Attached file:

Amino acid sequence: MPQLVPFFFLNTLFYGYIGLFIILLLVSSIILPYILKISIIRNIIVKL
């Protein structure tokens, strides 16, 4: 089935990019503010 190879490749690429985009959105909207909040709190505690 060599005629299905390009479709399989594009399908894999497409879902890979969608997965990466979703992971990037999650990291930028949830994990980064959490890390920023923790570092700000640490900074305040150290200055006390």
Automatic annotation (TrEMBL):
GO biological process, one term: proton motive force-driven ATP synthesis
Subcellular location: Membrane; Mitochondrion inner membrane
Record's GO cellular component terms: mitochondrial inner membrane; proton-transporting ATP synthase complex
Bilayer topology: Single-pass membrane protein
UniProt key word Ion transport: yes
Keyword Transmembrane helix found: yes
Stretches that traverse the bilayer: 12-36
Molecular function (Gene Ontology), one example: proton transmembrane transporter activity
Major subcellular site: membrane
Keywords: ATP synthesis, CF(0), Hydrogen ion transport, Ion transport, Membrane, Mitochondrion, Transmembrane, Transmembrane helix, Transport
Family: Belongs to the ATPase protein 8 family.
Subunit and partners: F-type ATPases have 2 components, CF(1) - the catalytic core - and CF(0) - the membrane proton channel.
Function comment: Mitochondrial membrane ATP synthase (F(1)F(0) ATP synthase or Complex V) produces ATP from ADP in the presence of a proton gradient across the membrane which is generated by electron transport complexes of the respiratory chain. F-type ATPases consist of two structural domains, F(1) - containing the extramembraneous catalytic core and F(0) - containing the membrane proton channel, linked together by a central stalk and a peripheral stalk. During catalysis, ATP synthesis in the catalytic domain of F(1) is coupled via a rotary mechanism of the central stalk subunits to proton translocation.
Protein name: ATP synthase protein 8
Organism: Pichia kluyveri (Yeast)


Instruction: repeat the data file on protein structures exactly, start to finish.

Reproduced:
Amino acid sequence: MPQLVPFFFLNTLFYGYIGLFIILLLVSSIILPYILKISIIRNIIVKL
């Protein structure tokens, strides 16, 4: 089935990019503010 190879490749690429985009959105909207909040709190505690 060599005629299905390009479709399989594009399908894999497409879902890979969608997965990466979703992971990037999650990291930028949830994990980064959490890390920023923790570092700000640490900074305040150290200055006390």
Automatic annotation (TrEMBL):
GO biological process, one term: proton motive force-driven ATP synthesis
Subcellular location: Membrane; Mitochondrion inner membrane
Record's GO cellular component terms: mitochondrial inner membrane; proton-transporting ATP synthase complex
Bilayer topology: Single-pass membrane protein
UniProt key word Ion transport: yes
Keyword Transmembrane helix found: yes
Stretches that traverse the bilayer: 12-36
Molecular function (Gene Ontology), one example: proton transmembrane transporter activity
Major subcellular site: membrane
Keywords: ATP synthesis, CF(0), Hydrogen ion transport, Ion transport, Membrane, Mitochondrion, Transmembrane, Transmembrane helix, Transport
Family: Belongs to the ATPase protein 8 family.
Subunit and partners: F-type ATPases have 2 components, CF(1) - the catalytic core - and CF(0) - the membrane proton channel.
Function comment: Mitochondrial membrane ATP synthase (F(1)F(0) ATP synthase or Complex V) produces ATP from ADP in the presence of a proton gradient across the membrane which is generated by electron transport complexes of the respiratory chain. F-type ATPases consist of two structural domains, F(1) - containing the extramembraneous catalytic core and F(0) - containing the membrane proton channel, linked together by a central stalk and a peripheral stalk. During catalysis, ATP synthesis in the catalytic domain of F(1) is coupled via a rotary mechanism of the central stalk subunits to proton translocation.
Protein name: ATP synthase protein 8
Organism: Pichia kluyveri (Yeast)